London mayor backtracks after sparking row by likening Scottish nationalism to racism
London Mayor Sadiq Khan sparked a row in tweets preceding his latest speech by implying Scottish nationalism is akin to racism. He was forced to backpedal after Scotland’s first minister, Nicola Sturgeon, slammed his remarks as “spectacularly ill-judged.”
“The last thing we need now is to pit different parts of our country or sections of our society against each other – or to further fuel division or seek separation.”
“There’s no difference between those who try to divide us on the basis of whether we’re English or Scottish, and those who try to divide us on the basis of our background, race, or religion,” Khan said in tweeted remarks preceding his speech to the Scottish Labour conference in Perth on Saturday. He also implied that a new Scottish independence referendum would be destabilizing.
“The world is an increasingly divided place – with Brexit, the election of President Trump and the rise of populist and narrow nationalist parties around the world,” he said.
He then went on to stress the need to find an “antidote to Brexit and the rise of right-wing populist parties” that does not “break away or push our neighbors away,” but is based on unity.
SNP [Scottish National Party] leader Nicola Sturgeon branded Khan’s statements as “spectacularly ill-judged,” tweeting that Khan’s “intervention… is an insult to all those Scots who support independence for reasons of inclusion & social justice.”
Sturgeon was not the only one who found his words insulting. People posted angry remarks on Twitter, saying London mayor’s own policies are more akin to racism, while warning that Khan’s Labour party now has little chance of success in Scotland.
However, shortly before delivering his speech to the Labor conference, Khan clarified his statements with the BBC, insisting that he was “not saying that nationalists are somehow racist or bigoted.”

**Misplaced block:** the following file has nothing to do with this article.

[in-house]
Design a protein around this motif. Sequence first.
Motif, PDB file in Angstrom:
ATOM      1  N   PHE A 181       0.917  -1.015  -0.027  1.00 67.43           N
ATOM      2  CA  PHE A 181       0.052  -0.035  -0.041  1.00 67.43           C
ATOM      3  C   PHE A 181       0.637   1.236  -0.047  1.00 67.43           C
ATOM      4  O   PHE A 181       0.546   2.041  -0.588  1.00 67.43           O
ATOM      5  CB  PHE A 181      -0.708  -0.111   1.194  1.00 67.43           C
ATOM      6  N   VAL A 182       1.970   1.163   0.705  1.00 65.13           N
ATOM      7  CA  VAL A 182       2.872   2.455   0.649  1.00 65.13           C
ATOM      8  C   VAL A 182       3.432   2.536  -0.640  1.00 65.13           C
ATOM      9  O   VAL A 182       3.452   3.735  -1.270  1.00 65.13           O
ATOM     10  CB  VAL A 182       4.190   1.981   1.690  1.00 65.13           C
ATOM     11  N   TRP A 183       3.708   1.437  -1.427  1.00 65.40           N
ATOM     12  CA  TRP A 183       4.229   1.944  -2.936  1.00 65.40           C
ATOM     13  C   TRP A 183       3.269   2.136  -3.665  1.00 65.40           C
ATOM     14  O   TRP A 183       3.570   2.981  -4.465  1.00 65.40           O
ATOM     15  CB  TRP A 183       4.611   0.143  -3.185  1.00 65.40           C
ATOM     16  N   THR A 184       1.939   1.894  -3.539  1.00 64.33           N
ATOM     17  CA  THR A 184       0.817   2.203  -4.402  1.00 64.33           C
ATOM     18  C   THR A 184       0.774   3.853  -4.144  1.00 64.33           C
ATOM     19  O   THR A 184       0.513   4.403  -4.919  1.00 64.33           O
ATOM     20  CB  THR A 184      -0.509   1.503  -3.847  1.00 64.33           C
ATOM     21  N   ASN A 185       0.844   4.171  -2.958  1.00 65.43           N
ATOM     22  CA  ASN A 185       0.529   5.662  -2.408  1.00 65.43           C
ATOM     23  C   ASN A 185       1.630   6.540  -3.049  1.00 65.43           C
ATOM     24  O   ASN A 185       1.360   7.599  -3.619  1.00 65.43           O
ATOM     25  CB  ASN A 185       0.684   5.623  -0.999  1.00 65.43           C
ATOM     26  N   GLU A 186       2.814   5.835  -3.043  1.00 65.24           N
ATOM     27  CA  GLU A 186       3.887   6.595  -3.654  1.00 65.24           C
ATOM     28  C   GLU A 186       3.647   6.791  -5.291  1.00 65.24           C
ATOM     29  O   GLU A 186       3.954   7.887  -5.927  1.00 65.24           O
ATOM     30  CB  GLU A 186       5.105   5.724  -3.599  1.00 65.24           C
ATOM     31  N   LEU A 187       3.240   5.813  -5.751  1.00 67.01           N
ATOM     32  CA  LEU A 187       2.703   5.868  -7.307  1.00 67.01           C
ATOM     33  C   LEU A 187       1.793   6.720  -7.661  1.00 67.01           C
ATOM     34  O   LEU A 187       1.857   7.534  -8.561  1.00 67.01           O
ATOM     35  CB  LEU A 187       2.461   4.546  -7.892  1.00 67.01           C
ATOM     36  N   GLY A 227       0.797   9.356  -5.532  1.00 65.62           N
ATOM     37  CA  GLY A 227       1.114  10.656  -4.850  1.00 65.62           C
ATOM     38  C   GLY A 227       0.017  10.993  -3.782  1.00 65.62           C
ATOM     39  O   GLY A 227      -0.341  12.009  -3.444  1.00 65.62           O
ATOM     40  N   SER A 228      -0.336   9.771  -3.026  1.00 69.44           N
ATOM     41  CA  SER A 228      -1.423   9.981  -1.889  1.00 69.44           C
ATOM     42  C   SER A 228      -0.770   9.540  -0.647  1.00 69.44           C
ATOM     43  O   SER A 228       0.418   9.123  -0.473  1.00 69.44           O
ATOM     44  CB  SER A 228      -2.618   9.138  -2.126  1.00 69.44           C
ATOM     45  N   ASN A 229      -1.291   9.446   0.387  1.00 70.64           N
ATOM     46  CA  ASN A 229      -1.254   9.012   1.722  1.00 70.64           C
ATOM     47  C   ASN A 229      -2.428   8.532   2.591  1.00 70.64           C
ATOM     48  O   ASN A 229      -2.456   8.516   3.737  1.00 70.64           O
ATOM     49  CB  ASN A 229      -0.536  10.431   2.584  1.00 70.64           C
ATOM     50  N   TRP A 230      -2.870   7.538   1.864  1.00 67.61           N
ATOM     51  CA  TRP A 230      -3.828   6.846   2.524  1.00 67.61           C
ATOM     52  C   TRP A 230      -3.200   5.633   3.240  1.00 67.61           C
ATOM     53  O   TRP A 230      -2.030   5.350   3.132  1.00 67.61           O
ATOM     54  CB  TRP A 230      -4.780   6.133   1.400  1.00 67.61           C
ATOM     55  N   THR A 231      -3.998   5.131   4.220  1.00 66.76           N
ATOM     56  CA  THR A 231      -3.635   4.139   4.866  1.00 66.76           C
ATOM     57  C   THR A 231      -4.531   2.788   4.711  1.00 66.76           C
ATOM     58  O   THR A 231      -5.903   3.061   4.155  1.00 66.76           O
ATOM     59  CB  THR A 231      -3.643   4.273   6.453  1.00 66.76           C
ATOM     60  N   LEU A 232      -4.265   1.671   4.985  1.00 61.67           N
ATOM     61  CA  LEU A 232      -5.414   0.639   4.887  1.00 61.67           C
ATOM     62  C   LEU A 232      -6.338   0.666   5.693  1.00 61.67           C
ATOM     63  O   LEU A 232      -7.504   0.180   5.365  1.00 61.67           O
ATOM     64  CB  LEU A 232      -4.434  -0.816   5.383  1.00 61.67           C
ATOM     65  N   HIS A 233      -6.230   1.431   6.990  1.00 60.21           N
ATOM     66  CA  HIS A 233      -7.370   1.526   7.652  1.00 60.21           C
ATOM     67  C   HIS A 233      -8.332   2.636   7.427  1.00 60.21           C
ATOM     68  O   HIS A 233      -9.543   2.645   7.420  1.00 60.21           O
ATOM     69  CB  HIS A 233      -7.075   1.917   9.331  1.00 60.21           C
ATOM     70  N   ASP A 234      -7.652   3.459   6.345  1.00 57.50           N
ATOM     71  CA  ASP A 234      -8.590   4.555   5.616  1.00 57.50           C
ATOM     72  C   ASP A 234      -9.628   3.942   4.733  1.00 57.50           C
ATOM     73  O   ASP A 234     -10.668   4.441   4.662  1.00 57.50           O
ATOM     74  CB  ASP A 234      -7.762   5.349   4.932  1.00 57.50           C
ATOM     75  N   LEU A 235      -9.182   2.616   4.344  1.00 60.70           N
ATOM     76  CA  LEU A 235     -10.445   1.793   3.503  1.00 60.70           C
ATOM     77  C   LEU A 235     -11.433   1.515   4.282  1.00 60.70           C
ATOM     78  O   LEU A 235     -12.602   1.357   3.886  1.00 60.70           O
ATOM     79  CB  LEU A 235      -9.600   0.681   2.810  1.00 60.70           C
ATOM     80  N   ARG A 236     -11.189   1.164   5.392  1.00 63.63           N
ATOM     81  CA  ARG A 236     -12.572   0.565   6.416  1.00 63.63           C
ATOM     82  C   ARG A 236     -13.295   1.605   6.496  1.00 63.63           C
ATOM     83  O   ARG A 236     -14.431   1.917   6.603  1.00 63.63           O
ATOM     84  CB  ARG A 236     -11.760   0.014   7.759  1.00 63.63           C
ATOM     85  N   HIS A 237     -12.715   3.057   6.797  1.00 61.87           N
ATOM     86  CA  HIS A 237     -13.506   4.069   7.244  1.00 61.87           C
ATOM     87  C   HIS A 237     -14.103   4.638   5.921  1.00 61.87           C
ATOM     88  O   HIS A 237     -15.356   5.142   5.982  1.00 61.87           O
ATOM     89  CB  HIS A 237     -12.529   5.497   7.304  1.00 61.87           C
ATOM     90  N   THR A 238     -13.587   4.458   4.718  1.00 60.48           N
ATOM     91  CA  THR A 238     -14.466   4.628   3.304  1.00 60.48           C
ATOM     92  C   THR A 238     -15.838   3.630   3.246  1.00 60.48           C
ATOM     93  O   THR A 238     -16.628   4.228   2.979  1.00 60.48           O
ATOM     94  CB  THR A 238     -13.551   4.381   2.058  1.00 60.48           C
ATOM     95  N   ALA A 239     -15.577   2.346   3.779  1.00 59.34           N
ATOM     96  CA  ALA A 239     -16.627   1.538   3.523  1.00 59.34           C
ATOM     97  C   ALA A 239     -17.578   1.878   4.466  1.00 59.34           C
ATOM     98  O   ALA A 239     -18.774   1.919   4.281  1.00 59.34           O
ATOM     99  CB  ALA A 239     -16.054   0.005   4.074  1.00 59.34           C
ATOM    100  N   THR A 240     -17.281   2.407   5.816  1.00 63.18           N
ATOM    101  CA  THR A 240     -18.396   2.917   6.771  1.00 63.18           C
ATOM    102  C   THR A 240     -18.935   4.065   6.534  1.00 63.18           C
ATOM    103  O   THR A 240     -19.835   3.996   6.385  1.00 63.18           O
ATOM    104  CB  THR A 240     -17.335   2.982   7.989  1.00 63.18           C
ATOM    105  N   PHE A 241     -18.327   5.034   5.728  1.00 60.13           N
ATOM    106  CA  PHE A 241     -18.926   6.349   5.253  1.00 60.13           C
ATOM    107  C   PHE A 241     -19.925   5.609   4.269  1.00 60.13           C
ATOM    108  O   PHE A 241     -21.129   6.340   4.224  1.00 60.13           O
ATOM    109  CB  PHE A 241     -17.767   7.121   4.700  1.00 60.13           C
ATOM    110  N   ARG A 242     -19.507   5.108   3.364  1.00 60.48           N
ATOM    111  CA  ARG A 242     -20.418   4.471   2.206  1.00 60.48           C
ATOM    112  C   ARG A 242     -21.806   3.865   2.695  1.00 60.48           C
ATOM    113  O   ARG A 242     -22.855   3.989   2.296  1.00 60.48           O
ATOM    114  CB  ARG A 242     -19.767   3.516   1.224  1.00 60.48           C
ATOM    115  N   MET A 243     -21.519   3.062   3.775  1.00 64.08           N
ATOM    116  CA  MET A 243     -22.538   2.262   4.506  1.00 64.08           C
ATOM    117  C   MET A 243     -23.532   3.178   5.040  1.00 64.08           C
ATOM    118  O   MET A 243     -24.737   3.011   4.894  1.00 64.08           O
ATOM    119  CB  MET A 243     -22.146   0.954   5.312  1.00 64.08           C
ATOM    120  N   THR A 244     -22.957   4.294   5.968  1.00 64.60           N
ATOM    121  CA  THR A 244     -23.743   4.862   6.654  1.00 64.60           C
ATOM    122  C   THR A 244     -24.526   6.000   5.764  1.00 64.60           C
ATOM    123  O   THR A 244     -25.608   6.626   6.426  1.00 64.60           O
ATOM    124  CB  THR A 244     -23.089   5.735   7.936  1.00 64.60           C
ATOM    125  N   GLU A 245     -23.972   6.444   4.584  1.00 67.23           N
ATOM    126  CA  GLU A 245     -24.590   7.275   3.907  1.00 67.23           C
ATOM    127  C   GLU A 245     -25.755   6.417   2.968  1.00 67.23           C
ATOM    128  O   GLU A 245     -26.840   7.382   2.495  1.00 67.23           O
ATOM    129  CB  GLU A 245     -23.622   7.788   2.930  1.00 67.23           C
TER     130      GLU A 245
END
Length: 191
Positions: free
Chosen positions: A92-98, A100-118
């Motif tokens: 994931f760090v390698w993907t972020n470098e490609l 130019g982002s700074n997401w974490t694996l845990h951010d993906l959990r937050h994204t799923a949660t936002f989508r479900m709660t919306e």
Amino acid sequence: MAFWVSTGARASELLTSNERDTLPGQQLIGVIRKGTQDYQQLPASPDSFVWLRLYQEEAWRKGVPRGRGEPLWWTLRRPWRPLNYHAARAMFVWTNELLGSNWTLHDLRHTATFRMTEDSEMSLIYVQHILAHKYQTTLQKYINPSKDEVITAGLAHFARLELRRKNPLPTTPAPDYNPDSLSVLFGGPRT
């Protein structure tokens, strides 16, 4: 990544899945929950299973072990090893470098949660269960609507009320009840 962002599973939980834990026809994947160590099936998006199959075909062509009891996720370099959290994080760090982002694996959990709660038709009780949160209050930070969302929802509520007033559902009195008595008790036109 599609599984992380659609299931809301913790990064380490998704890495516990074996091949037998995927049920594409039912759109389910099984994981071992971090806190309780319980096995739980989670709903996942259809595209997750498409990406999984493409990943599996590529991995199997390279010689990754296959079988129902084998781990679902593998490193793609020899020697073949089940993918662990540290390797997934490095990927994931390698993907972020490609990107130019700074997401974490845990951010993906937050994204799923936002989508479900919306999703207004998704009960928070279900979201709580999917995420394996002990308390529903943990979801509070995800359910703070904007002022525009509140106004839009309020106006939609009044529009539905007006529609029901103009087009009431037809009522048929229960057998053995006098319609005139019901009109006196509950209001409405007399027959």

“Of course, I am not saying that the SNP are racists or bigots.”
“What I am saying is that the world is increasingly divided by Brexit result and the election of President Trump, with the rise of populist and narrow nationalist parties across the world, now is the time to come together, now is the time for unity, not a time for division or isolation,” Khan told a BBC reporter.
While he followed his initial script during his speech, Khan also attempted to make his points more clearly.
“With the world becoming an increasingly divided place. Brexit. President Trump. And the rise of populist and narrow nationalist parties around the world. Now’s not the time to play on people’s fears. Or to pit one part of our country – or one section of our society – against each other.”
“In that respect, there’s no difference between those who try to divide us on the basis of whether we’re English or Scottish, and those who try to divide us on the basis of our background, race, or religion. Now, of course, I’m not saying that nationalists are somehow racist or bigoted – but now, more than ever – what we don’t need is more division and separation,” he specified.
Scotland voted 55 to 45 percent in favor of remaining in the UK in a tightly contested September 2014 referendum, but then largely opposed the UK’s decision to leave the European Union known as Brexit last year, with 62 percent of the Scottish population voting for Britain to remain in the EU. As the British government is increasingly leaning toward a “hard Brexit,” which would entail totally withdrawing from the European single market and customs union, the ruling Scottish National Party (SNP) has intensified calls for a second independence referendum lately, publishing a draft bill for the vote last October. However, the British government could block the second referendum, according to Defense Secretary Michael Fallon, who said earlier this month that London would not allow a repeat of the 2014 plebiscite.
Scottish independence campaigners claim that an independent Scotland would continue to work closely with the rest of the UK, insisting that their civic nationalism is inclusive and non-sectarian.